A person's hands can "read" the symptoms of lung diseases: how to recognize a dangerous diagnosis
Lung diseases are most often accompanied by the traditional respiratory symptoms: cough, shortness of breath, or chest pain. However, diseases related to the respiratory system also affect other parts of the body.
In particular, one of the markers may be a person's hands. According to Best Life, they can shed light on health conditions.
1. Thickening of the terminal phalanges
This happens when the tip of the finger swells because of excess tissue under the nail plate. And this, according to doctors at Mount Sinai Hospital, can indicate the development of lung cancer. It can also be caused by chronic lung infections and interstitial lung disease.
In rare cases, thickening of the terminal phalanges is indicative of diseases unrelated to the lungs. For example, infectious endocarditis, liver disease, or an overactive thyroid gland.
2. Blueing of the nail plate
When the blood pressure in the pulmonary arteries rises, pulmonary hypertension occurs. And some patients develop heart failure at the same time, as the right ventricle of the heart weakens under the strain of the increased blood pressure.
To detect the diagnosis, doctors at the Cleveland Clinic look for a bluish tinge in patients' nail beds. The discoloration may occur as a result of decreased oxygen levels in the blood as pulmonary hypertension worsens.
3. Poor grip strength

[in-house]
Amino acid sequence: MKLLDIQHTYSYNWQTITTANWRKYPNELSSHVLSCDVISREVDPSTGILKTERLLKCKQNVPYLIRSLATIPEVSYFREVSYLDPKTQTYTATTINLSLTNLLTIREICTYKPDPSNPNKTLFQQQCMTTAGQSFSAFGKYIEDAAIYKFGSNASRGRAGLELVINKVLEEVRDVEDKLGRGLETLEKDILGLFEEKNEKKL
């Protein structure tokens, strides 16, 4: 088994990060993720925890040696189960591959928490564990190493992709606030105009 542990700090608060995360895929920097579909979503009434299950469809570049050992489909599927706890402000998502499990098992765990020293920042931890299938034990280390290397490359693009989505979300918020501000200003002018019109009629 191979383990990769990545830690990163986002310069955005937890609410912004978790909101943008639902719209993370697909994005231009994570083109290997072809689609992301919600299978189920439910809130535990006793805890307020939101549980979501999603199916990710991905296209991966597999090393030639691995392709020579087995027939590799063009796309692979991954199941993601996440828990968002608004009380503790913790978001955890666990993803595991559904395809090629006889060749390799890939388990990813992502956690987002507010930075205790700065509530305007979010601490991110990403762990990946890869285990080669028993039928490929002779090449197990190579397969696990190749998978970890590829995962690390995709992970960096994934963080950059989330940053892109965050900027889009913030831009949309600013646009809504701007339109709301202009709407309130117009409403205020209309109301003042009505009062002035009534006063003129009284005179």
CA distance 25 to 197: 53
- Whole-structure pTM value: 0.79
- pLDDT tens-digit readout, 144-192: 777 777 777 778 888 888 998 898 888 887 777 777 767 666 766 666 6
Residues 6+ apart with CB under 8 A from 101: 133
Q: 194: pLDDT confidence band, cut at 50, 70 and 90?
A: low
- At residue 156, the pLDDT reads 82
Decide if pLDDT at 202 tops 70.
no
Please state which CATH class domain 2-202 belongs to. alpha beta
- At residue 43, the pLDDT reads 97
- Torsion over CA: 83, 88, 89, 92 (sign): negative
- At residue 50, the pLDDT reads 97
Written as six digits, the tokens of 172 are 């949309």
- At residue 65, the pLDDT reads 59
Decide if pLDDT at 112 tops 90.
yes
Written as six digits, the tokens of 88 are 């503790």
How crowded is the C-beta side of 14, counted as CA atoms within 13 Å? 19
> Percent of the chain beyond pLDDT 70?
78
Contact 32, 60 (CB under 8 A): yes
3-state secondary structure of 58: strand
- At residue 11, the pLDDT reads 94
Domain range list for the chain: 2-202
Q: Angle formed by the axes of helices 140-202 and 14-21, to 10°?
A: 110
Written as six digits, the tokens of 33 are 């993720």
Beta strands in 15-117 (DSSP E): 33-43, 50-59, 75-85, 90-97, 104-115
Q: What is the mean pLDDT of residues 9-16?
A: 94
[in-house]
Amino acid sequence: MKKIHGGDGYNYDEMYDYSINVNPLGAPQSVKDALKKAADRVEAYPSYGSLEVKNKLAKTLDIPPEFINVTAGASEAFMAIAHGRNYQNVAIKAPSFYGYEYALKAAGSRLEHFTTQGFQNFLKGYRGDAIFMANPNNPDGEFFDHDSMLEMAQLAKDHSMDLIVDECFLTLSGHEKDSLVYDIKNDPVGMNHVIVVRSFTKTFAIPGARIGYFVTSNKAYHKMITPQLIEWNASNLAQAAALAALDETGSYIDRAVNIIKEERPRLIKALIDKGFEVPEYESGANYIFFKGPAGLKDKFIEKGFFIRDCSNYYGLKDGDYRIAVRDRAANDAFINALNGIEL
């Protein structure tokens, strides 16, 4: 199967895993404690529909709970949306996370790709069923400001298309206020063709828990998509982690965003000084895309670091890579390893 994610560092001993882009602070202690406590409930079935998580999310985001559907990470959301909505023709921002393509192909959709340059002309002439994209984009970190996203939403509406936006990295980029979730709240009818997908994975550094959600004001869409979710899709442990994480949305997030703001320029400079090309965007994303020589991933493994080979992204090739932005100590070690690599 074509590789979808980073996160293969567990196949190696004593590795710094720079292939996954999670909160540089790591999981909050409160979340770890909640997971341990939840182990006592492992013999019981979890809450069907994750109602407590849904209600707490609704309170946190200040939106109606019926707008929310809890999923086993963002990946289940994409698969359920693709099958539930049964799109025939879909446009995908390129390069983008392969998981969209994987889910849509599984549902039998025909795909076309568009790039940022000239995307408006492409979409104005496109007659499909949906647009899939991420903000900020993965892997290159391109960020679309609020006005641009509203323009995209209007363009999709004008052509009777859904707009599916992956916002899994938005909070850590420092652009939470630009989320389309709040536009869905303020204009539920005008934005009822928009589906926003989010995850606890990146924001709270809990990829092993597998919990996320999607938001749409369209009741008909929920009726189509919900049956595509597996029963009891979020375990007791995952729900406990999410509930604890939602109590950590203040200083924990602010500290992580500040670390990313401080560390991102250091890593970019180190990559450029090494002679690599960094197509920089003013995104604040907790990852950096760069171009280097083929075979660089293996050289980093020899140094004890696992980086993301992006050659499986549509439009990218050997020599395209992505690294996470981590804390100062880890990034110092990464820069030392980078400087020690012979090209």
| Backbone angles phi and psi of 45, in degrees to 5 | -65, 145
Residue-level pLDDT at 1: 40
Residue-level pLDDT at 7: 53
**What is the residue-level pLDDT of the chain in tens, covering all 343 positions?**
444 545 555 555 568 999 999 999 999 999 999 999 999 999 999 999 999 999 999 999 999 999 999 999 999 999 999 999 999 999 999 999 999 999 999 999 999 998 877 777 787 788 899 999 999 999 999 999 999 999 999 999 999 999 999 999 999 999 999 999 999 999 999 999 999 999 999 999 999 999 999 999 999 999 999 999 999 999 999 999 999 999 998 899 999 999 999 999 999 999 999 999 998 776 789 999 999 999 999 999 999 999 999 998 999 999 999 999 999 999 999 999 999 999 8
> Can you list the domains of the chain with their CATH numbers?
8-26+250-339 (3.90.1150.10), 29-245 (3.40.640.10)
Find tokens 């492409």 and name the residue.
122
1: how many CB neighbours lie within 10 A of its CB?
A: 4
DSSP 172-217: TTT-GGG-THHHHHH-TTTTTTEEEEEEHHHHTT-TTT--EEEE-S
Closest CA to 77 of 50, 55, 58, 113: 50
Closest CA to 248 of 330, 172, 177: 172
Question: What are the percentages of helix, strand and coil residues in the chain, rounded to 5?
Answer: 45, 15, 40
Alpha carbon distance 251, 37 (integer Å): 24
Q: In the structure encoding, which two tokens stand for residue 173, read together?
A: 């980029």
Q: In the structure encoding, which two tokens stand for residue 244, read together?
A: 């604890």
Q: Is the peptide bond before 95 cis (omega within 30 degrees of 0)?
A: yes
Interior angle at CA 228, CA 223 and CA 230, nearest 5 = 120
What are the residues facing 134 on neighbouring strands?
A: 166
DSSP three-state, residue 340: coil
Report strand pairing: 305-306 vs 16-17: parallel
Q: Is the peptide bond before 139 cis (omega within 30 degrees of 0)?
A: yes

Chronic obstructive pulmonary disease can be accompanied by a number of symptoms, including coughing, shortness of breath, wheezing, fatigue and chest pressure. But experts say there's another sign you can notice in your hands: decreased grip strength.
According to a 2021 study published in BMC Pulmonary Medicine, about 72% of patients with COPD develop this symptom. And as the disease worsens, these people are much more likely to go to the emergency department.
4. Rheumatoid arthritis
People with RA often experience stiffness, pain and swelling in their fingers. Experts believe that developing rheumatoid arthritis can put a person at increased risk for certain lung problems.
According to the Mayo Clinic, the list of conditions associated with rheumatoid arthritis includes interstitial lung disease, lung nodules, pleurisy and small airway obstruction.
"See your doctor immediately if you have rheumatoid arthritis and have any unexplained breathing problems," the clinic experts advise.
5. Pain and swelling
Sarcoidosis is a systemic lung disease characterized by the formation of granulomas in the lung tissue, accompanied by cough, chest pain, weakness, and fever. The most common signs of this condition are dry cough, shortness of breath, and fatigue.
However, the symptoms of sarcoidosis extend beyond the lungs to other parts of the body. Patients often have cysts on their arms and legs.
Talk to your doctor if you notice any worrisome symptoms.
As OBOZREVATEL reported, watching TV for four or more hours a day can increase the risk of blood clots and thromboembolism by 35%. To avoid developing the disease, you need to take regular breaks and move around.